Think twice. 'If you don't already have overseas market experience, the US isn't the place to start, because the size and demands of the market are so great,' says Dick Brentnall, a director at the Institute of Export.
'There are more British failures in the US market than successes.'
Do your research. The scale, complexity and competitiveness of the US dictate that you must establish that there's a market for what you have to offer before you make your move. Says David Booth, an international trade adviser at Greater Manchester Chamber of Commerce: 'Contact your Business Link and you will be appointed an ITA, who will help you produce an action plan and commission professional research.'
Pick your route. Setting up a subsidiary US trading company isn't the only way in. You can export via an agent or a distributor; form a joint venture; find franchisees; or even acquire a company there. UK Trade & Investment has a free booklet, Establishing a Business Presence in the US. Its author, Elizabeth Monnet, says you need to look at how a market sector works before choosing. 'Frequently, overseas companies establish a US trading company to act as the co-ordinator of their other distribution channels.'
Look at a map. With 50 states to choose from - each with its own laws and tax regime - selecting a location for setting up is a challenge. Look for clusters of your industry, contact the UK offices of individual states and do trade visits. Remember, 70% of the population live on the East Coast. 'We advise SMEs to identify states where they know they can get initial wins,' says Booth.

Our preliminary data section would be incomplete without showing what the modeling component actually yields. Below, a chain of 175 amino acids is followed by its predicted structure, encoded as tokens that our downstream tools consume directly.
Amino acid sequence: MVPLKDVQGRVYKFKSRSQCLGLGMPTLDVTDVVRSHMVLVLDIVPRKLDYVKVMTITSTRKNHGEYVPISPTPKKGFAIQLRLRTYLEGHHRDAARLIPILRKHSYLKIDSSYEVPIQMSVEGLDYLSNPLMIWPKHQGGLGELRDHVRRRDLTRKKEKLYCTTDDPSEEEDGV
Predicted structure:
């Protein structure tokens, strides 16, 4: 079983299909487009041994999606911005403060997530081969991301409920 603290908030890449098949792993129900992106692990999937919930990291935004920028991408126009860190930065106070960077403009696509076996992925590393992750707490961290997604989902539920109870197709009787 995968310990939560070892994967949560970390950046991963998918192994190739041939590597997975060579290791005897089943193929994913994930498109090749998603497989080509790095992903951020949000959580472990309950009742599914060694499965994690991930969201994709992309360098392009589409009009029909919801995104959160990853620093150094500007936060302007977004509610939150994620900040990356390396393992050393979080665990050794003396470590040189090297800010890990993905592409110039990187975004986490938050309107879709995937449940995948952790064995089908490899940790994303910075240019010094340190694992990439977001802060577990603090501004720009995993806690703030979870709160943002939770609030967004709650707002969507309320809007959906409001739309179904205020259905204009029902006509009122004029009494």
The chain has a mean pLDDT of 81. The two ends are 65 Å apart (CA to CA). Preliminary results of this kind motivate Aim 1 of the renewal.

Focus. 'It would be foolish to have a scattergun approach and fire at 50 states at once,' says Brentnall. Better to pick off the big conurbations one by one, or find a non-geographic segment to concentrate on. 'You should look at the US as 50 different countries joined by the federal system,' he adds.
Act American. 'Being British can open doors, but Americans are aggressive business people and at the end of the day you must have the right package or they won't do business with you,' says Booth. All other things being equal, US businesses and consumers would prefer dealing with their own.
It's gonna be expensive. 'The cost of entry is extraordinarily high compared with other markets,' warns Brentnall, 'not least because of the legal costs and the cost of marketing.' Incorporation costs are only the beginning: you'll need to come to terms with the immense raft of liability and employment legislation, as well as protecting your business and its intellectual capital.
Do say: 'After in-depth research, we're sure we have the product, price and positioning to gain a foothold in the US market.'
Don't say: 'You chaps really should buy British - after all, you were our colony not so long ago!'